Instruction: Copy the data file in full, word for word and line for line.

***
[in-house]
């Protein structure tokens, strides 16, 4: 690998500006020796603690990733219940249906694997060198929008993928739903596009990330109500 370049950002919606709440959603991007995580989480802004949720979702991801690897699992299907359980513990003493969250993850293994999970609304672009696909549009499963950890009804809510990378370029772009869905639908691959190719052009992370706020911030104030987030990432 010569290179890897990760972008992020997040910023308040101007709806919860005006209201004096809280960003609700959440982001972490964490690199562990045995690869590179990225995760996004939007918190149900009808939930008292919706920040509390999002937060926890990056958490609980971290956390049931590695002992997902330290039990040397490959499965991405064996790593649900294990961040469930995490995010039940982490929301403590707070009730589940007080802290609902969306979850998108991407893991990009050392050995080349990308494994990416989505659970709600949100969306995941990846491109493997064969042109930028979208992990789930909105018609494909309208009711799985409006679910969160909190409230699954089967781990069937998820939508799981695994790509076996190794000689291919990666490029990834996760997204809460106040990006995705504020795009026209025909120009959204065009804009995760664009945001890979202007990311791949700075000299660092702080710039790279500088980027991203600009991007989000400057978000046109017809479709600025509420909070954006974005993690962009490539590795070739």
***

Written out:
[in-house]
């Protein structure tokens, strides 16, 4: 690998500006020796603690990733219940249906694997060198929008993928739903596009990330109500 370049950002919606709440959603991007995580989480802004949720979702991801690897699992299907359980513990003493969250993850293994999970609304672009696909549009499963950890009804809510990378370029772009869905639908691959190719052009992370706020911030104030987030990432 010569290179890897990760972008992020997040910023308040101007709806919860005006209201004096809280960003609700959440982001972490964490690199562990045995690869590179990225995760996004939007918190149900009808939930008292919706920040509390999002937060926890990056958490609980971290956390049931590695002992997902330290039990040397490959499965991405064996790593649900294990961040469930995490995010039940982490929301403590707070009730589940007080802290609902969306979850998108991407893991990009050392050995080349990308494994990416989505659970709600949100969306995941990846491109493997064969042109930028979208992990789930909105018609494909309208009711799985409006679910969160909190409230699954089967781990069937998820939508799981695994790509076996190794000689291919990666490029990834996760997204809460106040990006995705504020795009026209025909120009959204065009804009995760664009945001890979202007990311791949700075000299660092702080710039790279500088980027991203600009991007989000400057978000046109017809479709600025509420909070954006974005993690962009490539590795070739």